Taming the Mind
Taming the Mind: The Yoga of MeditationCatherine Pelayo
Phil 210, Section 1004
October 11. 2018
Taming the Mind: The Yoga of Meditation
There are various types of yoga in Hinduism such as Karma yoga, Bhakti yoga, Jnana yoga, and Raja yoga. Yoga of Meditation is the most important contribution of Hinduism to the modern world. Most of the practitioners of Yoga do not focus exclusively on one type of yoga, but they practice all four types of Yoga that is more appropriate. An individual chooses her or his way of balancing these types of Yoga. In this paper, I will be addressing that one of the yoga’s focuses on one specific topic, but that does not mean one is greater than or more important than another because they are all unique and true to their purpose and used.
The Yoga of Action (Karma)
The karma yoga is a kind of yoga that mostly pursues to face the issue of ignorance by eliminating the ego. This yoga believes that an individual’s ego is the main troublemaker. Due to ignorance, an individual personality can hold them to the world through attachment, therefore, making a dreamland of separate existence that denies the privileges of the others. Through yoga, the ego can be changed to become friendly. A practitioner of Karma-yoga executes his or her actions by giving an offering of them to the fire of one’s knowledge. To become non-attached, those people who do not believe in God have to work with their determination and the authorities of their mind believing they should be non-attached. Lastly, for those individuals who believe in God, they should give up the results of their effort to God while feeling free to the outcomes.
The Yoga of Devotion (Bhakti)
Bhakti yoga is mostly concerned with love believing it is the most significant highest primary human emotion. Love is exquisitely inspired in its original form, but due to ego, it becomes selfish. Bad personality creates anger, jealousy, and greed. Bhakti-yoga suggests that we should cleanse our egocentric self-love by only allowing good thoughts to our mind and directing all our love and emotions unto the Lord. The only way to have holy ideas in our mind is by praying, having ceremonial worship, talking about sacred words, keeping holy company, and reading Holy Scriptures. By having the holy thoughts, it usually removes unholy and impure thoughts.
The Yoga of Knowledge (Jnana)
Jnana yoga suggests that the darkness of unawareness can only be dismissed by the light of wisdom. According to this yoga, knowledge has two features that include fire and light. The fire of information burns all the scums of our mind and information informs our inner awareness. Self-wisdom requires the practice of taste among the real and unreal, rejection of all wishes, control of the senses, and a strong longing for self-wisdom. The sole purpose of jnana-yoga is to show the practitioner that is main uniqueness is the self. Therefore, hearing, thinking, and contemplating on the self, the mind slowly understands that the self is the one reality in the world and the rest is dreamlike.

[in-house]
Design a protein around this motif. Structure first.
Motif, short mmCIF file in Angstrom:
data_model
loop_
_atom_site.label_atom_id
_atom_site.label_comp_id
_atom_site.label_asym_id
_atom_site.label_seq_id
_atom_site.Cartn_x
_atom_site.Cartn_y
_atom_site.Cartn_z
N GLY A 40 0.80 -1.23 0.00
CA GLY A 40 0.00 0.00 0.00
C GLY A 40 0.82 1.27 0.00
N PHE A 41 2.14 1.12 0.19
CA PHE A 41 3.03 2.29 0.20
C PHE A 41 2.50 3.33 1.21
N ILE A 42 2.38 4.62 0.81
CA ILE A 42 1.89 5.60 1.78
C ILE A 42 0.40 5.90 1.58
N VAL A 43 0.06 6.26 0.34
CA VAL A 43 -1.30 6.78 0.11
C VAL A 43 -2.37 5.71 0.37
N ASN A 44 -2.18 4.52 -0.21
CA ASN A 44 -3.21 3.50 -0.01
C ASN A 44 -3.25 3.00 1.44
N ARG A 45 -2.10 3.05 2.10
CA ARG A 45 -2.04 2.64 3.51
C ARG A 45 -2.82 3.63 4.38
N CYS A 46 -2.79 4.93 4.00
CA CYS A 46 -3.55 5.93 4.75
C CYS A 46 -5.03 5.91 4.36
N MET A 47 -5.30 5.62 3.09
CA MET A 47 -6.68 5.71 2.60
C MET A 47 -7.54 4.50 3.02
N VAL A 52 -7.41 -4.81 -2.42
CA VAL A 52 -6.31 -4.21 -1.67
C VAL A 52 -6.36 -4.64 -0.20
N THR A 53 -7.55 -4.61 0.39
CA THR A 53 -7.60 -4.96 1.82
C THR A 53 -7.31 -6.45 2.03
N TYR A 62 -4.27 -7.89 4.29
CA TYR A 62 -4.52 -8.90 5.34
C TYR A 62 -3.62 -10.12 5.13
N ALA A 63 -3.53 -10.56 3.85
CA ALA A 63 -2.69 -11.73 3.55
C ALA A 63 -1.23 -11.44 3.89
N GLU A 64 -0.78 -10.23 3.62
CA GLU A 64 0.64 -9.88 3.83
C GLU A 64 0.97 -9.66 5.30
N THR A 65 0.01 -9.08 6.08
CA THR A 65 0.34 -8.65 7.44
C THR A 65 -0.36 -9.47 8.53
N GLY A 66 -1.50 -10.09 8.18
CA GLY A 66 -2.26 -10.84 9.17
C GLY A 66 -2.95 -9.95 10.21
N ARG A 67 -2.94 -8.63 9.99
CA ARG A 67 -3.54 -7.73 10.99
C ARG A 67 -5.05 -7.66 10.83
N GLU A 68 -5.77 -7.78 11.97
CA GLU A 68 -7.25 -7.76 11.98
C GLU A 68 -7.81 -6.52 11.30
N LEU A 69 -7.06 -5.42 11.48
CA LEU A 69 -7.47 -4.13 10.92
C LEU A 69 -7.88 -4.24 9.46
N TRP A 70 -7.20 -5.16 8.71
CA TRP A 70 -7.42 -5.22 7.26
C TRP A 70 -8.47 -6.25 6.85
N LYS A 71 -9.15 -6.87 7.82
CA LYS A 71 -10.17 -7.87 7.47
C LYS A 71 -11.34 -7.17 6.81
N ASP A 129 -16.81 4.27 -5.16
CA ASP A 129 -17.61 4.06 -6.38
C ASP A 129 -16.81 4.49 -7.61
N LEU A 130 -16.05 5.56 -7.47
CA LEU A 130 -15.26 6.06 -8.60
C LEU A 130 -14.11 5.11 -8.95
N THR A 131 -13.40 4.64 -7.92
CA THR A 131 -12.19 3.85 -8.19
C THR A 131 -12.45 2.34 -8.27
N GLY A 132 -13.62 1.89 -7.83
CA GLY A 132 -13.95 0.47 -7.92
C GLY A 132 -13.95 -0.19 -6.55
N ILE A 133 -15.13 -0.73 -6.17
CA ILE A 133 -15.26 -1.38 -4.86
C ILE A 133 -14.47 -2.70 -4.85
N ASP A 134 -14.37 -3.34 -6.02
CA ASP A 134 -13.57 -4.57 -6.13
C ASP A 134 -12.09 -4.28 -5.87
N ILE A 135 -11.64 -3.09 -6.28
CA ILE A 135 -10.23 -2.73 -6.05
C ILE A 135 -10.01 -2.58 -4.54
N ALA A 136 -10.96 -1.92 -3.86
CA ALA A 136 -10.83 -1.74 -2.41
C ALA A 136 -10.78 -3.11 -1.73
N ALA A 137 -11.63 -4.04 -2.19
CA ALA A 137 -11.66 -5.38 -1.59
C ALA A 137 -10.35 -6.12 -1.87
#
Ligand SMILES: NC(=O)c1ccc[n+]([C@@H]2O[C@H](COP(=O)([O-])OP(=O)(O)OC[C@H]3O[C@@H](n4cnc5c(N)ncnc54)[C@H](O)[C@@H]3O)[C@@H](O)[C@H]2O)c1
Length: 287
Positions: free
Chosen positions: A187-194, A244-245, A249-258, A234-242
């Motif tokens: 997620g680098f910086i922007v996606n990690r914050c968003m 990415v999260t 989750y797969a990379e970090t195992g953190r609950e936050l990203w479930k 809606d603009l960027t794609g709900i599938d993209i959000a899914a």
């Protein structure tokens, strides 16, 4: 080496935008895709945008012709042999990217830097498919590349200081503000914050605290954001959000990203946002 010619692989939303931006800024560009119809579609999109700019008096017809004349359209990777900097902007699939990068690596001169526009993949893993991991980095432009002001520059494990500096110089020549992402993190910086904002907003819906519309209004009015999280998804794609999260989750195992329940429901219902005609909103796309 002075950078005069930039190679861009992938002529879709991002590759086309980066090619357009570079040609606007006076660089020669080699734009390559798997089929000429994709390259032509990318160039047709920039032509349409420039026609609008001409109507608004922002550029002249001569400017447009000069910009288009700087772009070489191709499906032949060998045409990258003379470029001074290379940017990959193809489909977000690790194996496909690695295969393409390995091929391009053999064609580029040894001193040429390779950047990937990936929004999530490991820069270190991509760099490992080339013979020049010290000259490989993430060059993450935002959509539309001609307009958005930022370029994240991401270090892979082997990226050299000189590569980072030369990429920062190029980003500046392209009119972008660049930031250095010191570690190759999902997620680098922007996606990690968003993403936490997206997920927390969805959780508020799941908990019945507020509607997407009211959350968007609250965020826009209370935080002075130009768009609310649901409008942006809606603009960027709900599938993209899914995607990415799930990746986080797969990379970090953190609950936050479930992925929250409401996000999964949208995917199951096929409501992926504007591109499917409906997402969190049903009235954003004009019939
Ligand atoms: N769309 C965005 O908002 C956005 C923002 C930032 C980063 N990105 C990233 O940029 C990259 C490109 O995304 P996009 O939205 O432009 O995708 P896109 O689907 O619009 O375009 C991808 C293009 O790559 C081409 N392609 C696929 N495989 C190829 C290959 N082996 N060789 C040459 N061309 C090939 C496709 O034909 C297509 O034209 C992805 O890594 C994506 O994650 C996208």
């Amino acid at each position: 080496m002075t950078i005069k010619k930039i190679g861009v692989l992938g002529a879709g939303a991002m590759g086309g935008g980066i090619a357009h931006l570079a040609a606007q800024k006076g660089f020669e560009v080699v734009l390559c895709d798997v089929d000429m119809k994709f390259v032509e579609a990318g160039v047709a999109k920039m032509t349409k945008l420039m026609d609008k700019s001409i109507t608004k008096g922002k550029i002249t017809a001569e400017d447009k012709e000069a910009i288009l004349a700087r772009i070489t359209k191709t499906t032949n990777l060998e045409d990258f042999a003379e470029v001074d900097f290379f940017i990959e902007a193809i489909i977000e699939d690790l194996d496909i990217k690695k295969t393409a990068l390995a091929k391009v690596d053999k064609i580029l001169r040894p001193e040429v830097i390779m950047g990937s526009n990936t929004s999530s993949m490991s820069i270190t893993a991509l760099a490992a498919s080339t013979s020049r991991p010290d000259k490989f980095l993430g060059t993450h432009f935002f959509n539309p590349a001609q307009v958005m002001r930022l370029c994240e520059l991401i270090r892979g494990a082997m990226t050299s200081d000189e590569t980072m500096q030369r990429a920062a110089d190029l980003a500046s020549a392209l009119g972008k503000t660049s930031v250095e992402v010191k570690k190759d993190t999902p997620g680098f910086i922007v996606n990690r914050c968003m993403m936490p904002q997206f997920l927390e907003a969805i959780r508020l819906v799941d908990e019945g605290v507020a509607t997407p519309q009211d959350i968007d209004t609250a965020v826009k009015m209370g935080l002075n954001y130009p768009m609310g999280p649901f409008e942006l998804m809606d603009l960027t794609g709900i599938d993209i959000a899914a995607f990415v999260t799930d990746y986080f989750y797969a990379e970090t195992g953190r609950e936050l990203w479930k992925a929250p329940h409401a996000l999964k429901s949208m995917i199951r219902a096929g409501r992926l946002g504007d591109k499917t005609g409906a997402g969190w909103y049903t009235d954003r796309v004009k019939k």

The Yoga of Meditation (Raja).
Raja yoga mainly pursues to achieve the divine by lighting the flame of the wisdom of the self within. To achieve self-knowledge raja-yoga suggest on to grow strong determination by persistent practices of attentiveness and meditation on oneself by the control of breath, asana, and posture. Mostly, raja-yoga suggest that the mind is too feeble and depraved to use the path of reason. Therefore, the yoga practitioner is required to challenge the deep-rooted propensities of the attention by cultivating one thought evocative of the divine.
I personally believe that practicing these yoga results in many improvements to your mind, spirit, body, and it gives you the means to live a better life. Also, helps you to avoid pains and aches. I selected this topic is because yoga interests me and I want a deeper understanding about it. I learned that yoga can be described as a divine journey to experience and unite one with the Brahman by balancing body and minds.
Even though each kind of yoga is meant for someone’s particular path, one must not restrict himself to one particular part of yoga. Rather, they must incorporate all types together that will help achieve the objective of Brahman. One of the novel elements of Hinduism is that there are various way to achieve similar objectives. Essentially to accomplish full union with God one must be appropriate in every feature of each part of the four yoga paths to genuinely achieve the principle objective. This to me signifies that doing the daily ritual of Yoga and really giving your all into it helps you to not only get rid of all the bad habits, but also form a union with God and ultimately achieving the final goal of Brahman.
BIBLIOGRAPHY Last Name, F. M. (Year). Article Title. Journal Title, Pages From – To.
Last Name, F. M. (Year). Book Title. City Name: Publisher Name.